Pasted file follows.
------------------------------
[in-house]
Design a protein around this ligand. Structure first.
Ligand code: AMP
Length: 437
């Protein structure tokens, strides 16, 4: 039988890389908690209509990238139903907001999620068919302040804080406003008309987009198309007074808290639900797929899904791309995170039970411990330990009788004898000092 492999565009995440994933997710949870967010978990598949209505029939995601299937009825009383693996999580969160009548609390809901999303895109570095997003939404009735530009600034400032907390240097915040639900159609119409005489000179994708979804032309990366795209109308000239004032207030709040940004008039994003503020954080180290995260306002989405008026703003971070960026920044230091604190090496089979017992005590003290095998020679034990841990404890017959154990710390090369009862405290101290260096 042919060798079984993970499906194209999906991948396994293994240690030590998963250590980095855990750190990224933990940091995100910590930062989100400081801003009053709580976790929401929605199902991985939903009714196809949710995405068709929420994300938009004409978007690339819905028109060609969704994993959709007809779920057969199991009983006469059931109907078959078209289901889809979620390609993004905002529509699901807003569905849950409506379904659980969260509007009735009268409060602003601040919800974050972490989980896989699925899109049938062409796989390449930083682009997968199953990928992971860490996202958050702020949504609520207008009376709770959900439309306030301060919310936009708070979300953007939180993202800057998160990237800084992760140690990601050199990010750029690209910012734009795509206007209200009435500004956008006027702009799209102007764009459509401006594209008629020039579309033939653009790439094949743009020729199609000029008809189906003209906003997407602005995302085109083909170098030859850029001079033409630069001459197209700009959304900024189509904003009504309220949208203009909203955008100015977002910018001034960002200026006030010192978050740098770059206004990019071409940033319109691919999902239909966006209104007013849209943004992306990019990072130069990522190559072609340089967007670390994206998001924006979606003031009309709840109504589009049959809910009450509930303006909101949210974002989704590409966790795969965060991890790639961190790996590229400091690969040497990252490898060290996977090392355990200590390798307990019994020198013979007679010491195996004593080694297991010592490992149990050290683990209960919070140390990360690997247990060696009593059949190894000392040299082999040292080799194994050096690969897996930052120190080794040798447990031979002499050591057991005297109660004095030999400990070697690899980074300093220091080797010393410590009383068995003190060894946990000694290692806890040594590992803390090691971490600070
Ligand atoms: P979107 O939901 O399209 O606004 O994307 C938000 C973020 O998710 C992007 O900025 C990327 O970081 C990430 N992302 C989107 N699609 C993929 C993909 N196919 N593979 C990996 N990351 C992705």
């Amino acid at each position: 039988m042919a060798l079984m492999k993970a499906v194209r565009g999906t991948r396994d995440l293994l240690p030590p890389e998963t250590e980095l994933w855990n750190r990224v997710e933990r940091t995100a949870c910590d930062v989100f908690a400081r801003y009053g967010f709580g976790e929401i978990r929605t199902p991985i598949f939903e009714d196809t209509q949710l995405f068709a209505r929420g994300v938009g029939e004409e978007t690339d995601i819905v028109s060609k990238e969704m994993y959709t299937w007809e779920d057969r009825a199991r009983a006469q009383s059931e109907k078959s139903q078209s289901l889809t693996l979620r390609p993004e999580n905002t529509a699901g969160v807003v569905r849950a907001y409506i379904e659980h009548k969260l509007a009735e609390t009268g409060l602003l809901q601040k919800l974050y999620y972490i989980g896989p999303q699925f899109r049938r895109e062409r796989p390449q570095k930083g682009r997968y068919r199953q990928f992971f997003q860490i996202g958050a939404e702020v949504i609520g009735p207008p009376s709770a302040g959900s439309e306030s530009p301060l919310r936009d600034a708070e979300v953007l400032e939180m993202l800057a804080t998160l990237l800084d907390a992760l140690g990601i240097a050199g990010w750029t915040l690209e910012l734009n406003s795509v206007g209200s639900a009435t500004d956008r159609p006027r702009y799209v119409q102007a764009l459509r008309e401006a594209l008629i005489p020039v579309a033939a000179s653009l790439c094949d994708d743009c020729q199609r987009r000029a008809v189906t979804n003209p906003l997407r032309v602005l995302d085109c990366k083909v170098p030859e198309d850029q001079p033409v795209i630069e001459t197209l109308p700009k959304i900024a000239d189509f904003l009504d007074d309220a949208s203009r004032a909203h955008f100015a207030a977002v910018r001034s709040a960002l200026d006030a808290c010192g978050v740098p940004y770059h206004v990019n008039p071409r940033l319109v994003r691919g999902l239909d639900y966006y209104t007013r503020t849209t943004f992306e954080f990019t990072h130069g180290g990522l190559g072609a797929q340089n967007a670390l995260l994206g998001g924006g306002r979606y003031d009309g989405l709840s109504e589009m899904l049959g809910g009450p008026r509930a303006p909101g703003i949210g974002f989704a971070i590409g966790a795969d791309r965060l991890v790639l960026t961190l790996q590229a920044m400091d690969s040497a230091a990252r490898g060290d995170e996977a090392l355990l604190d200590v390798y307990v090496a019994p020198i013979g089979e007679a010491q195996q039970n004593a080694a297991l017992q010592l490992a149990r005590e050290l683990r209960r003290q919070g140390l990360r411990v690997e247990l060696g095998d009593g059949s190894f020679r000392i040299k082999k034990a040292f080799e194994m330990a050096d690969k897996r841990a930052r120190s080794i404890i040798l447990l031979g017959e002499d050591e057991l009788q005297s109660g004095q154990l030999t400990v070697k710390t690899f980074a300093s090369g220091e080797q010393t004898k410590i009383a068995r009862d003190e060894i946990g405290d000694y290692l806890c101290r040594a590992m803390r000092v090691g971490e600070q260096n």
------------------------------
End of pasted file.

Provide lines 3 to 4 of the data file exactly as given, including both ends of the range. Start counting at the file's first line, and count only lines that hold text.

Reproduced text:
Ligand code: AMP
Length: 437